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Bridging gaps

Pharma companies are using licensing agreements increasingly to help plug the holes in their ailing pipelines

PipelinePharma companies have significantly increased R&D spending in recent years yet they are still under continued pressure to fill gaping holes in their product pipelines. Companies are not launching enough new drugs each year while many no longer have the capability to take products from discovery to market and others do not have sufficient pipeline products to provide a smooth flow of new drugs.

Deal-making provides an important alternative for pharma companies to meet near-term product requirements: an alternative that has increased in popularity. The number of deals has more than doubled in the last seven years with 1,350 reported deals in 1997 compared with 3,100 in 2004, according to PharmaVenture's PharmaDeals Agreements database.

While these numbers also include mergers and acquisitions and other non-product-focused deals, the key value drivers to fill pipelines and therapeutic portfolios are product-focused agreements and drug delivery deal-making activities.

Most of these deals take place while the relevant products are still under development, particularly before pivotal phase III studies have taken place. Pharma and biotech companies now seem to prefer licensing agreements over the formation of collaborative research-based alliances, with at least 45 per cent looking at deals that cover Western Europe and, increasingly nowadays, Eastern Europe.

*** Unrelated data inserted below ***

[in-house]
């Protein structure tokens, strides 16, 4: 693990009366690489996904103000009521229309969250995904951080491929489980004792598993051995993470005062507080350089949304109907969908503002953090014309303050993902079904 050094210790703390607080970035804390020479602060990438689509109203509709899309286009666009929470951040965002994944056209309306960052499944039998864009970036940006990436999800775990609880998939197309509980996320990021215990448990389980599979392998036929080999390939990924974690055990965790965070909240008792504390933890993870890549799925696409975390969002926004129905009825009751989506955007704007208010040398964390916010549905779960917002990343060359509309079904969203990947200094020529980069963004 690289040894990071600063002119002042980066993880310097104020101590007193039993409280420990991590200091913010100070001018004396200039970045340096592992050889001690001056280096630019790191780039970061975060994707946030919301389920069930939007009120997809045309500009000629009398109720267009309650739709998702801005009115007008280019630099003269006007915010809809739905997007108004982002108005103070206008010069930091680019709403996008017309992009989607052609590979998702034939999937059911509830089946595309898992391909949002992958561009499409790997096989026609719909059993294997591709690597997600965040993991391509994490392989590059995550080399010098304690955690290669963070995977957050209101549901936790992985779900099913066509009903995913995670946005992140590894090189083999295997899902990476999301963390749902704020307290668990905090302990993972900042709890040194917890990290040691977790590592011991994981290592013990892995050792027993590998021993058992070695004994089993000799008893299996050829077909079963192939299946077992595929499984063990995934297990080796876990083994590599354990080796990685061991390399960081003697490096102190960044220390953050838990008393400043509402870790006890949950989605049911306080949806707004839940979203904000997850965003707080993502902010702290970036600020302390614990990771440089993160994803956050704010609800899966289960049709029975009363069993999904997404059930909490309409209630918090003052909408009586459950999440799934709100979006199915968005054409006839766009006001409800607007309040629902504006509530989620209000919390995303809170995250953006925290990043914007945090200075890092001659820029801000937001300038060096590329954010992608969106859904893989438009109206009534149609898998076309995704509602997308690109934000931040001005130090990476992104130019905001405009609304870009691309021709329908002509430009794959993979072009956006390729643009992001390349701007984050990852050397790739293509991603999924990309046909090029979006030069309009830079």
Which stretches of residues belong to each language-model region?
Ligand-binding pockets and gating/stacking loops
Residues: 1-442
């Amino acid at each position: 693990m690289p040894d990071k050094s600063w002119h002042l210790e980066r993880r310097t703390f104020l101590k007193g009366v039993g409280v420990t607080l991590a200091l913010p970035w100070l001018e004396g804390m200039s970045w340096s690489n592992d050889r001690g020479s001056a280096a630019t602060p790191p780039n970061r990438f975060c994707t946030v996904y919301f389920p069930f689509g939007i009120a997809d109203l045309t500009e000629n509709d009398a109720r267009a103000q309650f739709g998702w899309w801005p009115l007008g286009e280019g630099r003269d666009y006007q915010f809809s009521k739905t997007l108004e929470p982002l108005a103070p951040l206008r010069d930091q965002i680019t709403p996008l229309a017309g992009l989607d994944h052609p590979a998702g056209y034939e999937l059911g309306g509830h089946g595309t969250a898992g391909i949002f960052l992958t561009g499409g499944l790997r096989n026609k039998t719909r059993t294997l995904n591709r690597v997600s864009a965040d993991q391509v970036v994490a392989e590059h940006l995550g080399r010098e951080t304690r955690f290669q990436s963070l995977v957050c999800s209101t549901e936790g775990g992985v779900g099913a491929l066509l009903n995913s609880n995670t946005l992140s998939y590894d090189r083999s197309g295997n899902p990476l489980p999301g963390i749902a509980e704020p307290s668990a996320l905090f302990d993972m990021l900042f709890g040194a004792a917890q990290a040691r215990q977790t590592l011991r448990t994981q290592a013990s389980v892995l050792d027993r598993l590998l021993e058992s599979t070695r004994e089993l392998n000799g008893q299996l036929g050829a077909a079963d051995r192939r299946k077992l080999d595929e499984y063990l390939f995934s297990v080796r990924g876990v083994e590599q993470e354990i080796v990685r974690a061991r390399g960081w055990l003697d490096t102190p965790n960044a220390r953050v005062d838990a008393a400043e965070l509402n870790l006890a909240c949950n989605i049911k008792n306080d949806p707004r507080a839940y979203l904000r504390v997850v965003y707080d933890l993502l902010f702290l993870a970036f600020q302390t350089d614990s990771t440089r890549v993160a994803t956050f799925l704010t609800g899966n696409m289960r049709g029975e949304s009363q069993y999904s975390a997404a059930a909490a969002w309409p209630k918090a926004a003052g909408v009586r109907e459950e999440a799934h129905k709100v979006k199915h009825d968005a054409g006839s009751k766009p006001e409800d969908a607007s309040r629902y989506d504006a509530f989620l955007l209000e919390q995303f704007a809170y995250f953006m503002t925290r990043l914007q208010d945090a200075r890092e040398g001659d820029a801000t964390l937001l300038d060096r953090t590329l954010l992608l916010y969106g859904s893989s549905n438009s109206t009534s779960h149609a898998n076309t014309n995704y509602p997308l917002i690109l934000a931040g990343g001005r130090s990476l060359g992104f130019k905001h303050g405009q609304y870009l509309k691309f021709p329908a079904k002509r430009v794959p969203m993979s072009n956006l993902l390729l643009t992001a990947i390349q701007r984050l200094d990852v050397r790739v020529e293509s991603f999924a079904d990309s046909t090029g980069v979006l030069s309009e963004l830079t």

Essentially, companies engage in agreements with the intent to develop and launch drugs for the whole European market. The challenge is to launch new drugs into an increasingly competitive market which has high cost constraints and is strictly regulated by almost monopolistic healthcare buyers.

Healthcare systems in Europe are still extremely diverse and operate nationally, but there is a common theme. National systems providing insurance coverage for their populations have become one of the most important stakeholder groups for R&Dfocused lifescience companies. They have a vested interest in the quality and price of the drugs they pay for. Operating under severe cost constraints, they decide which prescription medicines and patient populations will be covered under the insurance and reimbursement arrangements.

Healthcare systems are using many measures to control the price of pharma products, in particular increased patient contribution and treatment efficiency, which in turn translates into such regulations as price or profit control, reference pricing, or introduction of formularies.

Firms have to accept that pricing and reimbursement regulations are not a temporary phenomenon and, more importantly, understand the impact that health economics and health technology assessments (HTA) will continue to have through:

- Systematic, repetitive analysis of the HTAs of drugs already available in a therapeutic class or indication, which will act as a benchmark for with which to compare new launches